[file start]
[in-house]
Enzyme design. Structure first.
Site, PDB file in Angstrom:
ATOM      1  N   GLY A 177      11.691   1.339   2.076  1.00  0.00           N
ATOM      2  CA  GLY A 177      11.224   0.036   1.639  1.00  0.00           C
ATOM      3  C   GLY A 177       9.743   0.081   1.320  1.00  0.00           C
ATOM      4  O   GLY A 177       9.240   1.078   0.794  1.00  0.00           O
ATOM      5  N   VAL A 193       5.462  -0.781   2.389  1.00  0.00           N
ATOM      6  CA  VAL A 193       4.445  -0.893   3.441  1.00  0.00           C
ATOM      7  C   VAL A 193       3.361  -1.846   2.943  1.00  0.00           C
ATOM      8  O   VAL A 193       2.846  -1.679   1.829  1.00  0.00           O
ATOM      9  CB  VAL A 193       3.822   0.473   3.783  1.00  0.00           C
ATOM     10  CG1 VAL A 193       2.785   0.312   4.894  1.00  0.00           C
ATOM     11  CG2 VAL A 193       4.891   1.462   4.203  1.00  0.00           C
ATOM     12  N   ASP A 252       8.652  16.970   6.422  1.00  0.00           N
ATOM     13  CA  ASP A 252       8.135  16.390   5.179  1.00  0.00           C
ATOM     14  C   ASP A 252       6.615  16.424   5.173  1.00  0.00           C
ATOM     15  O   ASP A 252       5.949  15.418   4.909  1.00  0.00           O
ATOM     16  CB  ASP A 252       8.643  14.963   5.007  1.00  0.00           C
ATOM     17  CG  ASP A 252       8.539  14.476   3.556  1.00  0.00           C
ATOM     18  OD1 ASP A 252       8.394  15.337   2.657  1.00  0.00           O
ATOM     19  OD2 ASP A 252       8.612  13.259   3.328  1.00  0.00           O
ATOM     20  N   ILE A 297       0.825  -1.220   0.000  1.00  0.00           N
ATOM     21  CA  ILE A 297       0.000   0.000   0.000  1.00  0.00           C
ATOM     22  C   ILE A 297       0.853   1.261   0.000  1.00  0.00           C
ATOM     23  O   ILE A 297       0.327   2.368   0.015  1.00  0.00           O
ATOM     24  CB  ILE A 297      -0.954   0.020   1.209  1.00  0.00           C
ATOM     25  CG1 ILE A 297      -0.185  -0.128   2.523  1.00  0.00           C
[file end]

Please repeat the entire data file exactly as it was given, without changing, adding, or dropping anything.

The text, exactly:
[in-house]
Enzyme design. Structure first.
Site, PDB file in Angstrom:
ATOM      1  N   GLY A 177      11.691   1.339   2.076  1.00  0.00           N
ATOM      2  CA  GLY A 177      11.224   0.036   1.639  1.00  0.00           C
ATOM      3  C   GLY A 177       9.743   0.081   1.320  1.00  0.00           C
ATOM      4  O   GLY A 177       9.240   1.078   0.794  1.00  0.00           O
ATOM      5  N   VAL A 193       5.462  -0.781   2.389  1.00  0.00           N
ATOM      6  CA  VAL A 193       4.445  -0.893   3.441  1.00  0.00           C
ATOM      7  C   VAL A 193       3.361  -1.846   2.943  1.00  0.00           C
ATOM      8  O   VAL A 193       2.846  -1.679   1.829  1.00  0.00           O
ATOM      9  CB  VAL A 193       3.822   0.473   3.783  1.00  0.00           C
ATOM     10  CG1 VAL A 193       2.785   0.312   4.894  1.00  0.00           C
ATOM     11  CG2 VAL A 193       4.891   1.462   4.203  1.00  0.00           C
ATOM     12  N   ASP A 252       8.652  16.970   6.422  1.00  0.00           N
ATOM     13  CA  ASP A 252       8.135  16.390   5.179  1.00  0.00           C
ATOM     14  C   ASP A 252       6.615  16.424   5.173  1.00  0.00           C
ATOM     15  O   ASP A 252       5.949  15.418   4.909  1.00  0.00           O
ATOM     16  CB  ASP A 252       8.643  14.963   5.007  1.00  0.00           C
ATOM     17  CG  ASP A 252       8.539  14.476   3.556  1.00  0.00           C
ATOM     18  OD1 ASP A 252       8.394  15.337   2.657  1.00  0.00           O
ATOM     19  OD2 ASP A 252       8.612  13.259   3.328  1.00  0.00           O
ATOM     20  N   ILE A 297       0.825  -1.220   0.000  1.00  0.00           N
ATOM     21  CA  ILE A 297       0.000   0.000   0.000  1.00  0.00           C
ATOM     22  C   ILE A 297       0.853   1.261   0.000  1.00  0.00           C
ATOM     23  O   ILE A 297       0.327   2.368   0.015  1.00  0.00           O
ATOM     24  CB  ILE A 297      -0.954   0.020   1.209  1.00  0.00           C
ATOM     25  CG1 ILE A 297      -0.185  -0.128   2.523  1.00  0.00           C